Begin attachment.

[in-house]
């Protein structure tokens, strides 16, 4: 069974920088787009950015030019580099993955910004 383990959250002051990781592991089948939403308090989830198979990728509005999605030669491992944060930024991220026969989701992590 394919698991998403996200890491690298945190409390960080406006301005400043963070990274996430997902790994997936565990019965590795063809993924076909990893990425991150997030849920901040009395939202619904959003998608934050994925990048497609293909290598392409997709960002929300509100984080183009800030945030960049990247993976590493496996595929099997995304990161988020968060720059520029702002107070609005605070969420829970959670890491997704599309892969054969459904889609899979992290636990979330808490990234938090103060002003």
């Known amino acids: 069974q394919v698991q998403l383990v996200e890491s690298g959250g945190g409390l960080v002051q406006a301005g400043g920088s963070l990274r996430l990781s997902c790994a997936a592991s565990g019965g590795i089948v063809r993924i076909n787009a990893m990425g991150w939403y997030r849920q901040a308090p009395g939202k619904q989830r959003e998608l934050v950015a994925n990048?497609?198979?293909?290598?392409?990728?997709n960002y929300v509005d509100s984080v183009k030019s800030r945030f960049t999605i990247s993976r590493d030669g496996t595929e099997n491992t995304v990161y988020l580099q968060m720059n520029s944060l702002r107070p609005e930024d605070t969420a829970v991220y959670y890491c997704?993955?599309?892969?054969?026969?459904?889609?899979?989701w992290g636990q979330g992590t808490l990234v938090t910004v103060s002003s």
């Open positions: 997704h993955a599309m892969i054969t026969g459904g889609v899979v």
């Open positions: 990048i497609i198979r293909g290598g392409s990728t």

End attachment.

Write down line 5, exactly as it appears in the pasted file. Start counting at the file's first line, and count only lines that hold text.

């Open positions: 990048i497609i198979r293909g290598g392409s990728t």